Movie Fanatic: In Real Steel, boxing is obviously changing. Have you ever felt like acting is always changing and do you just do your thing?
Hugh Jackman: When I started as an actor, it was all I could do to not be unemployed. My thought was, “I just want to keep working. I don’t want to have to go back to whatever small job I had. I just want to work as an actor. I’ll try it for five years.” I did everything I could for five years. I was a presenter on a TV show. I did TV, I did small films, I did musical theater – I never sang in my life for crying out loud.
Movie Fanatic: You’re good at it!
Hugh Jackman: Believe me, I was shocked. I’m the only person in the history of musical theater that had it in his contract that I had to have singing lessons. They paid for it even [laughs]. I was good, I was not great. I thought that I would just open as many doors as I can. Somehow I don’t know when it happened, maybe five or six years ago, instead of it being a survival mechanism, it became the thing that differentiated me from other people. Because I had fifteen years of singing and dancing lessons every week, you know… I do everything!
Movie Fanatic: What was it in your person that has given you that drive? A lot of people would have just given up.
Hugh Jackman: I gave myself five years. If I couldn’t support myself after five years, I was moving on. I remember after five years, it was OK, not great. Well, let’s try another five years. Sometime during those five years, X-Men arrived.
Movie Fanatic: When do you start on Les Miserables?
Hugh Jackman: I go next week to do some rehearsals. I auditioned about two or three months ago. It’s January/February rehearsals and we start shooting in March.
Movie Fanatic: I understand you insisted on auditioning for it.
Hugh Jackman: Yeah, I had about a three hour audition. In fact, I demanded Tom Hooper audition me before he even signed his contract. I wanted to do this so bad. I didn’t want to leave anything up to his imagination. I wanted him to know what I could do, just in case he thought about ringing Daniel Day Lewis [laughs].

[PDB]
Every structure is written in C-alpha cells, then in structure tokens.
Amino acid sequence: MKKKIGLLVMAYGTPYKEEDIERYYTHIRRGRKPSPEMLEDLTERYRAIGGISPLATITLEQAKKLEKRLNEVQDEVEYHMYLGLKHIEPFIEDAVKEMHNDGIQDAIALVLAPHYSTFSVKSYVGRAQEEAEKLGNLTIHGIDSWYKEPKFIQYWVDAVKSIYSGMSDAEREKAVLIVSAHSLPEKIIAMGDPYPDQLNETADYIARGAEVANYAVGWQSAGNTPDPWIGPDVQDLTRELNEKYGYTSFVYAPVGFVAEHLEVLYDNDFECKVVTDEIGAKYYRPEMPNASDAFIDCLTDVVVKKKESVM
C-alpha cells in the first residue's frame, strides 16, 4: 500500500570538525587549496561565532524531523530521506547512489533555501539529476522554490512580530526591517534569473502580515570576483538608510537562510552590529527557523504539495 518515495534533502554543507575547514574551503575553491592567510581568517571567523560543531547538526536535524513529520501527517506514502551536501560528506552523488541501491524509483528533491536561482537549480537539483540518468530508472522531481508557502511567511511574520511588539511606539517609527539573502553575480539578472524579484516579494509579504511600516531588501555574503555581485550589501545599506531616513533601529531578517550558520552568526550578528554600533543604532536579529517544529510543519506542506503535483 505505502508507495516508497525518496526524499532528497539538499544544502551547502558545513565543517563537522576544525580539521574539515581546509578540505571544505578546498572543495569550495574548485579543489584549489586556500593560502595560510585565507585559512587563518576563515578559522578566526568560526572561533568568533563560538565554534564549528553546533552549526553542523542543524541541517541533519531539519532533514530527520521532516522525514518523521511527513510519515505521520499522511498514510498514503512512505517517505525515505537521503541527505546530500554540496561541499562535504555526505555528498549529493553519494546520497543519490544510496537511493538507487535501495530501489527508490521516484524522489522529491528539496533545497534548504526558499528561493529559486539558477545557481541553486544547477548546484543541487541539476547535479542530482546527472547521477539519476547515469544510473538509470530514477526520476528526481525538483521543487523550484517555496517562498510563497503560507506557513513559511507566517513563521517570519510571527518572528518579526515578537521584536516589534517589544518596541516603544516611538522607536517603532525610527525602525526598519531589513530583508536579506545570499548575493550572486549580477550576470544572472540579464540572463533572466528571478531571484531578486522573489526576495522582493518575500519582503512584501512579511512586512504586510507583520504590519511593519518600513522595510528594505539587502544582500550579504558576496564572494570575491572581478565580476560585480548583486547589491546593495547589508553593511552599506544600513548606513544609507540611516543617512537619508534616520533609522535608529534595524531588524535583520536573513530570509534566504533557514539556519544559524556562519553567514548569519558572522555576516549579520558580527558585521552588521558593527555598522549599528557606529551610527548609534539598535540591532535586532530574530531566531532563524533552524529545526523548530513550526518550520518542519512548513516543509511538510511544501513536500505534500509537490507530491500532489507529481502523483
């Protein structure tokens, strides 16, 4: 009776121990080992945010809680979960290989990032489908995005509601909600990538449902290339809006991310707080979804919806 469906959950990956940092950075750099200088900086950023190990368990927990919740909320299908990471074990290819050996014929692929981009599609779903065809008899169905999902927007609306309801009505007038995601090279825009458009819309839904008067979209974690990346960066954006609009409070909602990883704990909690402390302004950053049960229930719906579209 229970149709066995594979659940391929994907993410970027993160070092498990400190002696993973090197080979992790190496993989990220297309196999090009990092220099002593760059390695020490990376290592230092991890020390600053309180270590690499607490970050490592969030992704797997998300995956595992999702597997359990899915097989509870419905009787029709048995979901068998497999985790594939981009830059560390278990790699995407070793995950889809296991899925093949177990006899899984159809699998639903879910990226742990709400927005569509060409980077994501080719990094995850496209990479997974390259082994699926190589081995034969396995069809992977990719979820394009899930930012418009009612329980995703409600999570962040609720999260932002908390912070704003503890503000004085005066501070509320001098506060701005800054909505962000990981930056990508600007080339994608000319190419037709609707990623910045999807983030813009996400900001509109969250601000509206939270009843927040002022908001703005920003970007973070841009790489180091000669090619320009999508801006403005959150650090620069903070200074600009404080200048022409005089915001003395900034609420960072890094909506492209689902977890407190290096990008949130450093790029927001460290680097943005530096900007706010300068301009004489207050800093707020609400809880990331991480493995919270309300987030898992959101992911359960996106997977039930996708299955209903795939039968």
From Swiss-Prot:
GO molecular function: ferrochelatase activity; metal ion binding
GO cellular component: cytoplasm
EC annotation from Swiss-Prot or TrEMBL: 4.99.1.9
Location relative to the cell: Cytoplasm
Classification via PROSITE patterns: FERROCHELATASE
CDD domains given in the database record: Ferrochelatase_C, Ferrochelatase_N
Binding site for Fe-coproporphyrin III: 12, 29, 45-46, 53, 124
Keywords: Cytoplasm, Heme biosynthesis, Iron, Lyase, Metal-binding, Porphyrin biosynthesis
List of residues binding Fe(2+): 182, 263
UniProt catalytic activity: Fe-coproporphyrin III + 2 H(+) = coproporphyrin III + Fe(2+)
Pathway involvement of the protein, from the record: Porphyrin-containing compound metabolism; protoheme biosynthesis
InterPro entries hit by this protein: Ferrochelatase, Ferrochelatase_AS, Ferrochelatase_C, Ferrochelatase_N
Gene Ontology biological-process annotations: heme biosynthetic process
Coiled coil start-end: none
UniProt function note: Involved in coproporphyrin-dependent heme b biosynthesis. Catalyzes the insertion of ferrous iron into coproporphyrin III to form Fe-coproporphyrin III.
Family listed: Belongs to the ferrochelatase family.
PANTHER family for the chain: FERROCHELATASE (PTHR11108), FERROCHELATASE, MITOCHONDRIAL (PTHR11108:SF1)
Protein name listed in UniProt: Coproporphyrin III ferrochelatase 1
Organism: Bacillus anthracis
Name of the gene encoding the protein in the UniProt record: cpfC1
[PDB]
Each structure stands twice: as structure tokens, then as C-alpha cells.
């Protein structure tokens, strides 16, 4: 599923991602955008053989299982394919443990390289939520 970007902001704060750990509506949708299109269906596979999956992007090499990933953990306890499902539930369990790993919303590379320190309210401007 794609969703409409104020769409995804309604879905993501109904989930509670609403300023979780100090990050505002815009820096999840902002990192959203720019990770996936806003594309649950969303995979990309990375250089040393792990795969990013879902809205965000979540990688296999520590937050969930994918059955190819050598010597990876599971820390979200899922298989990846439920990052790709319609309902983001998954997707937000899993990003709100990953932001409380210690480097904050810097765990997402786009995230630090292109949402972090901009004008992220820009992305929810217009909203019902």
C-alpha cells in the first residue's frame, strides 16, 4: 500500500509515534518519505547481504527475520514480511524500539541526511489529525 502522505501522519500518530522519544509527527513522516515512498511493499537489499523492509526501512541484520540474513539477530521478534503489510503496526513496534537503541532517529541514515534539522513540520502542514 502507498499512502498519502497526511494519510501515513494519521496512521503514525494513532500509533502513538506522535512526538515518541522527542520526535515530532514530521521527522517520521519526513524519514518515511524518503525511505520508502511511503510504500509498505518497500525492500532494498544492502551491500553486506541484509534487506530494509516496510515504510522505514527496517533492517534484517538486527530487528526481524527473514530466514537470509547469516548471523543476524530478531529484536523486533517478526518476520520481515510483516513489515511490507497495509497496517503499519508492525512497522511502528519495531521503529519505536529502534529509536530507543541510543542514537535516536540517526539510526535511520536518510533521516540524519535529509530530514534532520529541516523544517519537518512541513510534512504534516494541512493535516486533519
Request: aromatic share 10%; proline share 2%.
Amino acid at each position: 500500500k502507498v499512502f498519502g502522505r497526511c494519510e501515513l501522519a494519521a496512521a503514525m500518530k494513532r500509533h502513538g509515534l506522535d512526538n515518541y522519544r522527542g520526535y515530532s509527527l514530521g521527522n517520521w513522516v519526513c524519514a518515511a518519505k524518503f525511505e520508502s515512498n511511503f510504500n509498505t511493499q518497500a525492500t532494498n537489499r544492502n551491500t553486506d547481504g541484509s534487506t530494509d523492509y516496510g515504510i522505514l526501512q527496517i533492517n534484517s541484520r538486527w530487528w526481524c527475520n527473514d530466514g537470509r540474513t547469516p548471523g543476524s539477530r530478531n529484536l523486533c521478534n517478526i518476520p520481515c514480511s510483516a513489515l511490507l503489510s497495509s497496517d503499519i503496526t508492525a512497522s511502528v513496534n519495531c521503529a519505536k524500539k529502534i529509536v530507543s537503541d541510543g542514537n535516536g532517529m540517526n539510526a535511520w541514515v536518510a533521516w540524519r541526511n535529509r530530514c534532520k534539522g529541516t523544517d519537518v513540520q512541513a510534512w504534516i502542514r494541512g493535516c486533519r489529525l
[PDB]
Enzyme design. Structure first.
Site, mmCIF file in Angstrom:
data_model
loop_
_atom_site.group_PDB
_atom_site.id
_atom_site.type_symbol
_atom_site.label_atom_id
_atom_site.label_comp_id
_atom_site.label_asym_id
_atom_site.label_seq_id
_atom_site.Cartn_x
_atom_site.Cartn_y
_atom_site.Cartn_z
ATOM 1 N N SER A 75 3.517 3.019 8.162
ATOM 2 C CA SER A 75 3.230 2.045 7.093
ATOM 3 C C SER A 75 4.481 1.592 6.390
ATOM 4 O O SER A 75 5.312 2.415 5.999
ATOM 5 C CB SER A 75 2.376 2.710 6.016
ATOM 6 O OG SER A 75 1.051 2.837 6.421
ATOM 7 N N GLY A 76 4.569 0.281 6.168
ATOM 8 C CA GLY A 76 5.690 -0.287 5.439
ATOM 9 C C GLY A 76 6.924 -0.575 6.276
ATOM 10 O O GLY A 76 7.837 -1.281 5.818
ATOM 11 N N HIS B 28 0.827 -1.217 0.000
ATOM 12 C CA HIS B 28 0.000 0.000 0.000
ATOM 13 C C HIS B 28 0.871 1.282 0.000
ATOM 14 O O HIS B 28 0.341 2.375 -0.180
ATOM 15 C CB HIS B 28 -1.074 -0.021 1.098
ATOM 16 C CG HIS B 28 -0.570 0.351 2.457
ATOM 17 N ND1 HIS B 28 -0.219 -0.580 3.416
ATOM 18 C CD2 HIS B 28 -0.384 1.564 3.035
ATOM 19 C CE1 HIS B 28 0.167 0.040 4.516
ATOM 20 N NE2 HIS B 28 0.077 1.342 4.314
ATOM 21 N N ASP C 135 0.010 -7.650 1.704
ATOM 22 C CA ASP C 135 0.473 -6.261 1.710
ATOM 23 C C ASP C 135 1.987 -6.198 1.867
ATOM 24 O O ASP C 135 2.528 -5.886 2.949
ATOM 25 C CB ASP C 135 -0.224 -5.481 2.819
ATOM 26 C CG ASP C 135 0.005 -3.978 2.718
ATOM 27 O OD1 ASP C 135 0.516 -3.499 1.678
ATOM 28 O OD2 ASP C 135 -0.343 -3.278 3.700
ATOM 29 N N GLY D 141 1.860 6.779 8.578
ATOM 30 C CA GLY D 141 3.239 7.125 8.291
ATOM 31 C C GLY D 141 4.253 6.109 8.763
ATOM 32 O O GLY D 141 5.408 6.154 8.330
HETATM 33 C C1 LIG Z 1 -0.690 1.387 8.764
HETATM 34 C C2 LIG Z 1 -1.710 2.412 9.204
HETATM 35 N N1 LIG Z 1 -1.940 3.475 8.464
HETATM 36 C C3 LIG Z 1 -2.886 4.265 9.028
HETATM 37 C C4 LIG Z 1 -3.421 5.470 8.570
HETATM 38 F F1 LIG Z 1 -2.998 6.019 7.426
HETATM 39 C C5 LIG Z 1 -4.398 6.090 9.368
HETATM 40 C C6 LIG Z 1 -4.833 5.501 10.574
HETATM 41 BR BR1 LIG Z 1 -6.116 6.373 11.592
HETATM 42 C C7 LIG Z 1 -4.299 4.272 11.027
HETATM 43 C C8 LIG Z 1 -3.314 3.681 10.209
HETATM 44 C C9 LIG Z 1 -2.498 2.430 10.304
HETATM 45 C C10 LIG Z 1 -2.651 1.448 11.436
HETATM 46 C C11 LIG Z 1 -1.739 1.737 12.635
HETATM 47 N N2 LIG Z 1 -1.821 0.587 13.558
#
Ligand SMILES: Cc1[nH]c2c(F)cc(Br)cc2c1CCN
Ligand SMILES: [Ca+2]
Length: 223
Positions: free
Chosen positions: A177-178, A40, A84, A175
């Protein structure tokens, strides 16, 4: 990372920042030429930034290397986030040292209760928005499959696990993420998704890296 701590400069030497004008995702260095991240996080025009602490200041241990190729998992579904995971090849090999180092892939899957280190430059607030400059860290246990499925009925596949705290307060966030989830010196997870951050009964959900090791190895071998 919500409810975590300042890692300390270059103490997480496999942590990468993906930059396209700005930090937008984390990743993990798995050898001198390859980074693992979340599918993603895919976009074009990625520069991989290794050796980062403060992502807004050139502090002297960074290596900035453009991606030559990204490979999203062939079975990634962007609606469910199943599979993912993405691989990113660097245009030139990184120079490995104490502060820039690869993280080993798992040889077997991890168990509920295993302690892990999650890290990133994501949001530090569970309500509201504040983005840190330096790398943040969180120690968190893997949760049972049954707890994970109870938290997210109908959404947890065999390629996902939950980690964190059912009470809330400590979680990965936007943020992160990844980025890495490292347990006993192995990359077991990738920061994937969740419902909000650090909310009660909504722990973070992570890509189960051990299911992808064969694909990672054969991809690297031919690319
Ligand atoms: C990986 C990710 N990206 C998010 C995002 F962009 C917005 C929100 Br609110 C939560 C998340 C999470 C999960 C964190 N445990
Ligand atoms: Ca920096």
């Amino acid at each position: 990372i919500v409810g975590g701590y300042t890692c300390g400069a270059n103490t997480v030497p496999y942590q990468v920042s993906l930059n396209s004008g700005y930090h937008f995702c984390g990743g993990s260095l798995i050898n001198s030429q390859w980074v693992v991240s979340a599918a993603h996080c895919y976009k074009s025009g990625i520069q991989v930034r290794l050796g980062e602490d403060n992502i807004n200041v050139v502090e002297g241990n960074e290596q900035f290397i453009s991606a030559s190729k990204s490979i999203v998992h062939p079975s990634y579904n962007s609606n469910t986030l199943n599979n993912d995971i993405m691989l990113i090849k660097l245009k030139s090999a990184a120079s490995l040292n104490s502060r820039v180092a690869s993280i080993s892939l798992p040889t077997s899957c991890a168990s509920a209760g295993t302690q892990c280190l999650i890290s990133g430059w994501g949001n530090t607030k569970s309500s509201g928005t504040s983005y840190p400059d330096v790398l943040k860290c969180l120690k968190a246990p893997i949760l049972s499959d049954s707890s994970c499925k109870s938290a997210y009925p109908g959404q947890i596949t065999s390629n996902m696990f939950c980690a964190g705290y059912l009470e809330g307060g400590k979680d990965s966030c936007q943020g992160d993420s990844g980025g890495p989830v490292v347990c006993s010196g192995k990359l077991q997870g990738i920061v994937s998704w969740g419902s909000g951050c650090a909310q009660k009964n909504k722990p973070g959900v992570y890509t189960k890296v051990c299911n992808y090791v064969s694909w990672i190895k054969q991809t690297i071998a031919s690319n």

Movie Fanatic: Will you be doing Wolverine?
Hugh Jackman: Yes, I’m shooting Wolverine after Les Mis, so we’ll shoot that next summer.
Movie Fanatic: We’re so excited for your one man show on Broadway. How are you feeling as your premiere approaches?
Hugh Jackman: Whenever you step on the Great White Way it’s one of those great moments, I never take it for granted. It’s called Hugh Jackman: Back on Broadway and I had a chance to do this show earlier in San Francisco, then worked on it for another couple of months, took it to Toronto. I didn’t think I’d be doing it now. I was sure I was shooting Wolverine, that’s been the story of my year. But we couldn’t quite fit it in before Les Mis, the movie, so there was a theater available. I’ve got to be honest - when I created this show my only rule with myself was that I would be desperate to do it, no matter when. Of course doing the show on Broadway does add another level of expectation I suppose and pressure, but I’m genuinely excited about it.
Movie Fanatic: Did you know going into Real Steel that Sugar Ray would be training you?
Hugh Jackman: I remember being asked about it. They said, “Listen, we’re thinking about hiring Sugar Ray to work with the robots and do the choreography, and also to help you out with the boxing. Are you cool with that?” I was like, “Can I just get this straight? Are you asking me if I’m okay to have one of the greatest boxers of all time as my personal trainer? Yeah.” I was a little intimidated. I was definitely star-struck when I met him. I’ve been lucky enough to have met a lot of very big movie stars, but deep down if I was any better at it I would be a sportsman - so meeting someone like Sugar Ray, I kind of turn into a little kid.